I’m often asked what really happens at a Rotary meeting? Is it boring, how can you spend two hours sitting listening to people talk? Do you have secret handshakes, Grand Pooh-Bahs and do you wear special regalia – eg Mooseheads or antlers? Do you say prayers and recite memorised codes of conduct?
Featured image(above): Rotarians and guests enjoying the fellowship of a meeting
Are there special artifacts in the meeting room? The answer to these questions can be funny, informative and educational – but I must say, our meetings are certainly never boring. Rotary International, the world’s first service organisation, is made up of over 33,000 clubs, in more than 200 countries and geographical areas. Our members form a global network of business, professional and community leaders who volunteer their time and talents to serve their communities and the world.
Rotary’s motto, Service Above Self, exemplifies the humanitarian spirit of the organisations more than 1.2 million members. Strong fellowship and friendship among Rotarians and meaningful community and international service projects characterise Rotary worldwide. Members include wealthy, middle and low-income working and retired professionals and tradespeople. Rotarians also set a standard for ethics in business management and in their daily lives through the use of ‘The Rotary four-way test.’ The test ensures that a planned action is compatible with the Rotary objectives and spirit.
- Is it the truth?
- Is it fair to all concerned?
- Will it build goodwill and better friendships?
- Will it be beneficial to all concerned?
Formats of meetings vary from Club to Club. The Rotary Club of Bribie Island follows a more traditional agenda. Following a formal introduction of visiting Rotarians and guests our meeting commences with Rotary Grace and a toast to Australia. This is followed by an International Toast which is given by a rostered member and gives information about an overseas Club and their projects and activities. The President and any member who has something to pass on give a Report to the meeting.
A meal is served and then the guest speaker gives a talk – not necessarily on Rotary. The meeting ends with a game of Heads and Tails (similar to Two Up) and we sing the National Anthem to close the night. During the meeting, there is no ‘informal discussion’ amongst members. The meeting is ‘controlled’ by the Chairperson, just as a President of any other group or organisation would do – not allowing chit chat to disrupt the set agenda. However, because friendship and fellowship are so very much a part of Rotary, before and after the meeting members and guests mingle freely and during the meal (and perhaps over a glass of wine) they talk about anything and everything.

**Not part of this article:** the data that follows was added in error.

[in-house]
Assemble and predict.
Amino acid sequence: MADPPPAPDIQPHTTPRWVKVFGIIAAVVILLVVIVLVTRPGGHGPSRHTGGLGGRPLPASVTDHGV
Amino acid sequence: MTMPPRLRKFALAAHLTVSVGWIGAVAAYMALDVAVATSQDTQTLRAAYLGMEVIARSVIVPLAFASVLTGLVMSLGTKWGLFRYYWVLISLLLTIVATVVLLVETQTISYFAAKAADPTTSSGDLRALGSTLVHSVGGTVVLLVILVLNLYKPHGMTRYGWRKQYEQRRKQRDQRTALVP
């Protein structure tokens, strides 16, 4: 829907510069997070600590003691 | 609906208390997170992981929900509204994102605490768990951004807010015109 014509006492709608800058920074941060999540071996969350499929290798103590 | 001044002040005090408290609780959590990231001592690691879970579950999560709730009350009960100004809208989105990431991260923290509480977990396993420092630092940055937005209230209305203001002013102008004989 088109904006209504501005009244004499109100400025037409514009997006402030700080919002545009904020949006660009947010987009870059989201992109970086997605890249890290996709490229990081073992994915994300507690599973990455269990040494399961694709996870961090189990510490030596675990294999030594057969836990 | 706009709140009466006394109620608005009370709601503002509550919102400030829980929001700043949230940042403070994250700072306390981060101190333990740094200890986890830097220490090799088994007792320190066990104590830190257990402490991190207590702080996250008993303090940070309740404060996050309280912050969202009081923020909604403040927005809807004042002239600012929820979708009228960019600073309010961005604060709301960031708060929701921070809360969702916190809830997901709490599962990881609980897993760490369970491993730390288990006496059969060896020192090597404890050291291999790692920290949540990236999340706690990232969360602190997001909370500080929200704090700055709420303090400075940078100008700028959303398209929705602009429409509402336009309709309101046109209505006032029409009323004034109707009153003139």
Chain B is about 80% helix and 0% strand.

Catching up on local events, finding out how things are going with other members and much more, it’s a process whereby Rotarians come to know each other better and form a special connection. As with all things in life, a positive attitude really helps. If you arrive at the meeting expecting to be bored and thinking that your time would be spent better somewhere else, then yes, it may not suit your needs.
However, a person arriving with a positive attitude, looking forward to an evening of friendship and fellowship with like-minded people, who – although from very different backgrounds and professions – all want to be there, will likely find the time spent to be productive, informative and of value. To ensure we have successful meetings and functions, preparation is essential. Our Secretary is responsible for ensuring that all parts of the meeting are planned and prepared.
She sets the agenda and makes sure that those rostered for various duties are aware of their responsibilities. Our President and Directors not only give reports on our activities but they ensure that proper attention is given to welcoming members and guests and that friendship and hospitality are extended to all. So while there is “ritual/ planning” (of a sort) to a Rotary meeting, the most important ingredient is the friendship and fellowship of like-minded people who want to make the World a better place.
I must admit, however, we don’t wear Mooseheads or the like – or have a special handshake – but sometimes we dress up for a special night. People with a sense of fun, a sense of adventure, those wishing to help in the world, those who care – and maybe those with time on their hands who feel they’d like to do more – are ideal for Rotary. Young and old, outspoken and shy, gregarious or lonely, are most welcome. Religion, race, sex, and/or politics are not criteria to be a member.
Whether it’s planning a function, helping out at Rotary Park at Woorim (planting and cleaning up), cooking at the Rotary Markets which are on this Sunday 14 April, raising money for the less fortunate here and overseas, you’ll certainly find your niche. If you would like to join us we meet at the Bribie Island Hotel on Thursday at 6.30pm. Please ring our Secretary Mary Grant on 0421 529 824 for more information.